Review: East Hotel, Canberra

Play, Travel / 2 September 2022

East Hotel have created a comfortable and inviting hotel that you’ll wish was your second home.

Situated in the heart of Kingston, the capital’s oldest suburb and a bustling hub of culinary and cultural adventures, is East Hotel, Canberra’s 140-room boutique design hotel.

The family-owned establishment is run by brother and sister team Dion and Dan Bisa. The Bisa family have a background in property development and construction however East Hotel is their first hotel venture. The hotel has been styled to ensure the comfort of apartment living. The living room is spacious, the kitchen is fully-equipped and our bathroom even had a jacuzzi bathtub, perfect for an indulging soak. Rooms are designed for both business travellers as well as families with bunk beds for children. Kids even have their own mini-bars, stocked with popcorn, cookies and rice bubbles. There are also considerate little touches, like offering lollies in the foyer.

Family is important to the Bisa siblings and both dining venues are named in homage to their parents. Joe’s Bar: after their father, Joe Bisa, a first-generation Italian-Australian. While Agostinis restaurant is the family matriarch’s maiden name.

Whilst Canberra’s dining scene is pretty impressive, at East Hotel there’s no need to venture out as the hotel offers delicious food and drink venues.

Joe’s bar is cosy and quirky. It has been designed to include a number of conversation starter pieces including a floor-to-ceiling concrete curtain and lots of decorative vintage and Venetian glassware. Known as the “Politician’s whiskey bar” (it’s well-visited by the staffers of Federal politicians), it has an extensive drinks menu with over 20 gins, a wall of whiskeys and numerous versions of Italian aperitivos, martinis and negronis plus cocktails, wines, beers and non-alcoholic options. Initially overwhelmed with choices, we soon found a few favourites namely the Midnight Breakfast ($19), consisting of Malfy Gin con Limone, Limoncello, blueberry jam, lemon, aquafaba (water-bean) and syrup. And the Muscat Margarita ($20) – Tequila Fortaleza Reposado, pavan, lemon, lime, grenadine, pink peppercorn and bitters.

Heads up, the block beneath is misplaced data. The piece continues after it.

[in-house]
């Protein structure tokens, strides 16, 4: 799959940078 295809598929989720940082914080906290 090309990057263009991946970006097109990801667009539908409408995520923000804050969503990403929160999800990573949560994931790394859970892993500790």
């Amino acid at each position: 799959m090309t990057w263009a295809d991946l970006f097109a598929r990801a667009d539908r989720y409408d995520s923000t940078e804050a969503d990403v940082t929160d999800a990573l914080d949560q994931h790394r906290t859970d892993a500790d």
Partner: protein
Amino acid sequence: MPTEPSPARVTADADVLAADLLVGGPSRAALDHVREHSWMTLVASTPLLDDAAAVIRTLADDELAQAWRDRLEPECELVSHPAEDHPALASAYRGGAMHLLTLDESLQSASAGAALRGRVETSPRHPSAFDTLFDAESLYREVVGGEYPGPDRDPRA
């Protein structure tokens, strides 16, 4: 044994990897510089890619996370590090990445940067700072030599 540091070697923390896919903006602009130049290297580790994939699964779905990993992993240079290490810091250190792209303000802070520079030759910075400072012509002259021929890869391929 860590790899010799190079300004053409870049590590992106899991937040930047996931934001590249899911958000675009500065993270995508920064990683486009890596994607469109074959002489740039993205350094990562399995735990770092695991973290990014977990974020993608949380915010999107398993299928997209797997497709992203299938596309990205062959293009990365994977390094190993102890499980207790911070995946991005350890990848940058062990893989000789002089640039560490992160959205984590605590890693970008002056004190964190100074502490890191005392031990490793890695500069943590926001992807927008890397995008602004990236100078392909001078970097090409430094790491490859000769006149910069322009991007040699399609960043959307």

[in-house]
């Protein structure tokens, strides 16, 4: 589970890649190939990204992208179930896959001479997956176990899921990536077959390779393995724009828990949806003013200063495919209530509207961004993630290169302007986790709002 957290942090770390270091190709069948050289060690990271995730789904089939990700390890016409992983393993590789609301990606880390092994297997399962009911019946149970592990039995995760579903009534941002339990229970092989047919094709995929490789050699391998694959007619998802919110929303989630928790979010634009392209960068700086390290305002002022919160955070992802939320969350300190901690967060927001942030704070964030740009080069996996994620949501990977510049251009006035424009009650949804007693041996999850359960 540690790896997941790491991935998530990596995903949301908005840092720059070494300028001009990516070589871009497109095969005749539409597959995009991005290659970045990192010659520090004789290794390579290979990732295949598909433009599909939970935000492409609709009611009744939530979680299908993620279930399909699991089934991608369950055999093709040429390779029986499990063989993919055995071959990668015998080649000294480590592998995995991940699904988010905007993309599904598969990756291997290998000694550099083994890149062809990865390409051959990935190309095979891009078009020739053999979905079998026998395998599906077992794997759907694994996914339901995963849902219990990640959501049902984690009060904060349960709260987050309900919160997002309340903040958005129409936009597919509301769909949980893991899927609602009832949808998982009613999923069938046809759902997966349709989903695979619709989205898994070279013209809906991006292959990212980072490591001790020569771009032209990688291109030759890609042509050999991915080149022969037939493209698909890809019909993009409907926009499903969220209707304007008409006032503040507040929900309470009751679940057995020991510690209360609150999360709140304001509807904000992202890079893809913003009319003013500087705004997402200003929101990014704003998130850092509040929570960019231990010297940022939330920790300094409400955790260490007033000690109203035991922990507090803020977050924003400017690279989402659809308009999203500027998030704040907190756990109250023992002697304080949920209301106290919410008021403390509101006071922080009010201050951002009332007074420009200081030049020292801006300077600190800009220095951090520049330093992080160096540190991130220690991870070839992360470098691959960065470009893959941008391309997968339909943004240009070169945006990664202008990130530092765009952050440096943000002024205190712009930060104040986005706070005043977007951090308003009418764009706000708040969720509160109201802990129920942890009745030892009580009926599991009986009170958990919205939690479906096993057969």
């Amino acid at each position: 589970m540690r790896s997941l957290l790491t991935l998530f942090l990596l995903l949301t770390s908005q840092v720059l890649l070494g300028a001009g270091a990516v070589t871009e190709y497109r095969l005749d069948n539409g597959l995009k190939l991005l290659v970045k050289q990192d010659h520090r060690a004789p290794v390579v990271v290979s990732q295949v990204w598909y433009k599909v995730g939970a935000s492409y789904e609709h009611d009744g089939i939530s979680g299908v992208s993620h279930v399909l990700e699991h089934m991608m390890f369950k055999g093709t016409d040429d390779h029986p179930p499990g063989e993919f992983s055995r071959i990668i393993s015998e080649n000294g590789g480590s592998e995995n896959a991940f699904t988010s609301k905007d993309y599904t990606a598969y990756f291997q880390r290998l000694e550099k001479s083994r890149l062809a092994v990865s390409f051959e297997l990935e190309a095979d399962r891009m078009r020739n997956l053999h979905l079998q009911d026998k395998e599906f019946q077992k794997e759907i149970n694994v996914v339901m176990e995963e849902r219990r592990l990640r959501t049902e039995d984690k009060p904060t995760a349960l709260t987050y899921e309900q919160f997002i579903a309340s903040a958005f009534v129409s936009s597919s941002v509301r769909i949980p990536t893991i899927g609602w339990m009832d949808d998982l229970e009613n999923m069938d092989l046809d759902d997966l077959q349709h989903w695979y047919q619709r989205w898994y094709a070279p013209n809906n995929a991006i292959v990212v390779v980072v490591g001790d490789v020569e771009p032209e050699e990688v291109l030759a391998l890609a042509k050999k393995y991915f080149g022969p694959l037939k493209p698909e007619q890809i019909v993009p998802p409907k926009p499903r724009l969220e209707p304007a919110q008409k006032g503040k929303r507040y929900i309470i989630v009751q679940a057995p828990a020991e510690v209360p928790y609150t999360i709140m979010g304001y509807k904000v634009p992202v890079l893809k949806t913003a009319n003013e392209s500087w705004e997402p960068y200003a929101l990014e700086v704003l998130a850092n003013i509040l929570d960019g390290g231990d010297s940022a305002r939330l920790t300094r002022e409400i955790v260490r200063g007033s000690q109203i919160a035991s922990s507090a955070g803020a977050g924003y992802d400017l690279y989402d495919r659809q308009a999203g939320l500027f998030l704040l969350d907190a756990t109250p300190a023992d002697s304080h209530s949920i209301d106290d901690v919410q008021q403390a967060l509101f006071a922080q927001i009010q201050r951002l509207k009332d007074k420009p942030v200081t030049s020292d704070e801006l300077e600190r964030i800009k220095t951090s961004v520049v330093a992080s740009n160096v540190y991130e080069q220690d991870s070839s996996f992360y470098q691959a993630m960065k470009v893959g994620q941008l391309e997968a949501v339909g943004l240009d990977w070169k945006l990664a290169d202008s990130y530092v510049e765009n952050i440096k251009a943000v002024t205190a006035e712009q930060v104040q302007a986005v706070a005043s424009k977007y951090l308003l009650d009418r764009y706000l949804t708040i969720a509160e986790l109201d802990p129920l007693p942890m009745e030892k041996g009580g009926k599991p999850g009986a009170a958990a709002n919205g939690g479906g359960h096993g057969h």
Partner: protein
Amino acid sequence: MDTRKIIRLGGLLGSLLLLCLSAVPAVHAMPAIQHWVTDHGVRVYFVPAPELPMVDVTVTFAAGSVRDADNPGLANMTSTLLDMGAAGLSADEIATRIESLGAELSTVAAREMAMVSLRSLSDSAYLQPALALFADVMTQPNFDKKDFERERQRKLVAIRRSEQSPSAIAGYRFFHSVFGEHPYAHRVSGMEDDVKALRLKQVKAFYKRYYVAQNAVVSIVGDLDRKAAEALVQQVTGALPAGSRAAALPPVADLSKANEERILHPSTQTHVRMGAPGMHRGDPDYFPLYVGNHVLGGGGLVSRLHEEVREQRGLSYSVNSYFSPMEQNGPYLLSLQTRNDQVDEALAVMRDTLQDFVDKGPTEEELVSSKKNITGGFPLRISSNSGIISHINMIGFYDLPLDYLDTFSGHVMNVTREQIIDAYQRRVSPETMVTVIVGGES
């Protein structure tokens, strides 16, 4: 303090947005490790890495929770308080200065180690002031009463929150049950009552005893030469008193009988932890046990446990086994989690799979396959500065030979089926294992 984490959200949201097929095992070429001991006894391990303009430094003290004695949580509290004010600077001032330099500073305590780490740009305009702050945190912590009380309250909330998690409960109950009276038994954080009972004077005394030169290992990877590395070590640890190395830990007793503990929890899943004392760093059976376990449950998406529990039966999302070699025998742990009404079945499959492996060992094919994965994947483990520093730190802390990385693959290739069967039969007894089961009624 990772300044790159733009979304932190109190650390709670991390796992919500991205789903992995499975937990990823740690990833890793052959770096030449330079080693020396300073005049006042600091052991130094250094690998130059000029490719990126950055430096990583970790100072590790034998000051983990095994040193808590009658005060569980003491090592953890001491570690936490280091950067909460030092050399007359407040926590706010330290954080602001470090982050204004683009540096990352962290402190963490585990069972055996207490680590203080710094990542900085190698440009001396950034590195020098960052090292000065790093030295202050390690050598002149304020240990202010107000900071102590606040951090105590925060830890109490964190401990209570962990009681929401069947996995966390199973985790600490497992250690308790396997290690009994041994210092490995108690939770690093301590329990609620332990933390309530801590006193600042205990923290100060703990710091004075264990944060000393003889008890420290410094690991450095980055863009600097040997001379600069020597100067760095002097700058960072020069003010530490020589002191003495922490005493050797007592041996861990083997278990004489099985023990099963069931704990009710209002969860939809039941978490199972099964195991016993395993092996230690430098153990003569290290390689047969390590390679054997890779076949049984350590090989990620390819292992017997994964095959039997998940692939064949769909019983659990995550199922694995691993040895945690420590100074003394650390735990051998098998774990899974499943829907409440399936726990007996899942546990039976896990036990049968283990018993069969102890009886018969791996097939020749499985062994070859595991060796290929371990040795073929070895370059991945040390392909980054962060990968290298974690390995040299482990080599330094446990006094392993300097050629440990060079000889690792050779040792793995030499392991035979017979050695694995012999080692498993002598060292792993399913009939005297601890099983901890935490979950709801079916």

Luckily, the watering hole also offers a tasty menu of nibbles and pizzas (rossa and bianca).  Highly recommend the Ricotta e Miele ($16), buffalo ricotta, macadamia honey and basil oil, which will have you ordering more bread to mop up the sweet cheese remains. The pizzas are made using Neapolitan technique whereby the dough is left for 72 hours before being fired up in an authentic pizza over imported from Italy. We ordered the delicious Nera pizza of pork and fennel sausage, cavolo nero and chilli ($25). 

If you love Italian food, then don’t miss dining at Agostinis’ restaurant. Booking ahead is highly recommended but just because the restaurant will likely be full, don’t think you’ll be waiting for service; there are 20 chefs for the 150-seater restaurant. 

The menu is inspired by the traditional cuisine of northern Italy. Everything is made in-house and most of the produce is sourced locally or regionally. Even the olive oil is sourced from award-winning producer Fedra Olive Grove in nearby Collector.

To start, we ordered the signature dish Frico ($20). Based on a peasant dish from the Friuli region of Italy, the morish delight of Montasio cheese and potato is shaped into a pancake and roasted into a crunchy and too-easily devoured dish. After the glorious Frico we needed some freshness and the simple salad Di Radicchio ($16) with fennel, orange and dill helped break up the meal. 

As it was a cold wintery eve, friendly Executive Chef Francesco (Frankie) Balestrieri, suggested we try the Zuppa of Tortellini in Brodo ($25), with taleggio and mortadella tortellini, served in home-style chicken and goat broth, topped with truffle shavings ($5). And for our main, share the freshly made pasta was cooked to perfection in the Pappardelle Alla Capra ($30). Thick and silky ribbons of pasta tossed with slow-cooked goat roasted with white wine, tomato passata and thyme. Frankie is worth listening to.

Finally, rounding off our feast we finished with thin crispy piccolo cannoli shells filled with sheep milk ricotta and pistachio.

The wine list pleasingly offers a number of Italian varieties. We went with the 2020 Bera Barbera d’Alba ($65), a medium-bodied, earth red with ripe black cherry and spicy cinnamon notes.

While the food is traditional the design is anything but. There are no red and white check tablecloths; this restaurant stands out, from the bright pink neon sign ‘You had me at Pizza’, to the bold design of leopard-print booths. I also loved the touches of Italian flair with the distressed, hand-dyed rope hanging from the ceiling to resemble handmade pasta hung out to dry in the sun.

Conveniently, the restaurant Muse is located adjacent to the hotel. The space doubles as a bookshop and sells new and second-hand books. The all-day breakfast menu offers light classics and ‘more substantial fare’. My companion went with the classic rolled oat porridge with Turkish apricot compote, pistachio praline, pomegranate seeds, Greek yoghurt and cinnamon ($17). Whilst I opted for the substantial smashed avocado toast, poached eggs, ricotta, chilli jam, pepitas, puffed rice and spice mix ($20).

I’d also be remiss to mention the wonderful and welcoming staff at East Hotel and adjoining eateries. The team at East go out of their way to ensure guests are looked after, from the hand-delivered pillow selection service to taking the time to discuss local Canberra attractions you might want to check out while visiting. East Hotel have created a comfortable and inviting hotel that you’ll wish was your second home.

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